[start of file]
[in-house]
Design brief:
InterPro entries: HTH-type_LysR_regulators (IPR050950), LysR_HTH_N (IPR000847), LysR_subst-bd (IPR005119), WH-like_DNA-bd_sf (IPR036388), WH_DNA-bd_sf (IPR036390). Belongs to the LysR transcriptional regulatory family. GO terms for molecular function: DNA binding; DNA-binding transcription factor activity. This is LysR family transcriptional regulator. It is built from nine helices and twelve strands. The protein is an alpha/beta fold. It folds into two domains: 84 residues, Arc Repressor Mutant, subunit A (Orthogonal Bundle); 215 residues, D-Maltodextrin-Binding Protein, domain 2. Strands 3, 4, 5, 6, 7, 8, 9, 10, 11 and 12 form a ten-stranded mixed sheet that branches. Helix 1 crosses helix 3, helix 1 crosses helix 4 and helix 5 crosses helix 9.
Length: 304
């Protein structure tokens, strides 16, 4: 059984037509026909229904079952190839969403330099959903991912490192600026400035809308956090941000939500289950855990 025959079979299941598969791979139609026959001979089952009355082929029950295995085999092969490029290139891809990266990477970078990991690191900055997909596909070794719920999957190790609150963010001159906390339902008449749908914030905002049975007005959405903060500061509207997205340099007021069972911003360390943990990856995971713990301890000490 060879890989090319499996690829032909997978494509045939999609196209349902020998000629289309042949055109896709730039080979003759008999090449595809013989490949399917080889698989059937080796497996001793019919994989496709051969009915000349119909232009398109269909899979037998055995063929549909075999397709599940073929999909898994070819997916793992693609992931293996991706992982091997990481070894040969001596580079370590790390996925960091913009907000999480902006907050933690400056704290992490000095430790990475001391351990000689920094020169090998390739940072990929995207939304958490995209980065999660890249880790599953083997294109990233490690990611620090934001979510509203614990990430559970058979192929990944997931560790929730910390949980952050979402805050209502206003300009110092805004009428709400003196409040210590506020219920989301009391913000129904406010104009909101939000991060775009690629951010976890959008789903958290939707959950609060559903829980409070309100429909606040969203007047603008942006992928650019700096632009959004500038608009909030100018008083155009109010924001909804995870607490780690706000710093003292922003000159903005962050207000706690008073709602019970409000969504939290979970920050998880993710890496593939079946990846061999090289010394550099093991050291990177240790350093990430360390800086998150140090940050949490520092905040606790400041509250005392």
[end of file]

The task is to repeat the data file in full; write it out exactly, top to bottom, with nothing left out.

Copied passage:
[in-house]
Design brief:
InterPro entries: HTH-type_LysR_regulators (IPR050950), LysR_HTH_N (IPR000847), LysR_subst-bd (IPR005119), WH-like_DNA-bd_sf (IPR036388), WH_DNA-bd_sf (IPR036390). Belongs to the LysR transcriptional regulatory family. GO terms for molecular function: DNA binding; DNA-binding transcription factor activity. This is LysR family transcriptional regulator. It is built from nine helices and twelve strands. The protein is an alpha/beta fold. It folds into two domains: 84 residues, Arc Repressor Mutant, subunit A (Orthogonal Bundle); 215 residues, D-Maltodextrin-Binding Protein, domain 2. Strands 3, 4, 5, 6, 7, 8, 9, 10, 11 and 12 form a ten-stranded mixed sheet that branches. Helix 1 crosses helix 3, helix 1 crosses helix 4 and helix 5 crosses helix 9.
Length: 304
């Protein structure tokens, strides 16, 4: 059984037509026909229904079952190839969403330099959903991912490192600026400035809308956090941000939500289950855990 025959079979299941598969791979139609026959001979089952009355082929029950295995085999092969490029290139891809990266990477970078990991690191900055997909596909070794719920999957190790609150963010001159906390339902008449749908914030905002049975007005959405903060500061509207997205340099007021069972911003360390943990990856995971713990301890000490 060879890989090319499996690829032909997978494509045939999609196209349902020998000629289309042949055109896709730039080979003759008999090449595809013989490949399917080889698989059937080796497996001793019919994989496709051969009915000349119909232009398109269909899979037998055995063929549909075999397709599940073929999909898994070819997916793992693609992931293996991706992982091997990481070894040969001596580079370590790390996925960091913009907000999480902006907050933690400056704290992490000095430790990475001391351990000689920094020169090998390739940072990929995207939304958490995209980065999660890249880790599953083997294109990233490690990611620090934001979510509203614990990430559970058979192929990944997931560790929730910390949980952050979402805050209502206003300009110092805004009428709400003196409040210590506020219920989301009391913000129904406010104009909101939000991060775009690629951010976890959008789903958290939707959950609060559903829980409070309100429909606040969203007047603008942006992928650019700096632009959004500038608009909030100018008083155009109010924001909804995870607490780690706000710093003292922003000159903005962050207000706690008073709602019970409000969504939290979970920050998880993710890496593939079946990846061999090289010394550099093991050291990177240790350093990430360390800086998150140090940050949490520092905040606790400041509250005392």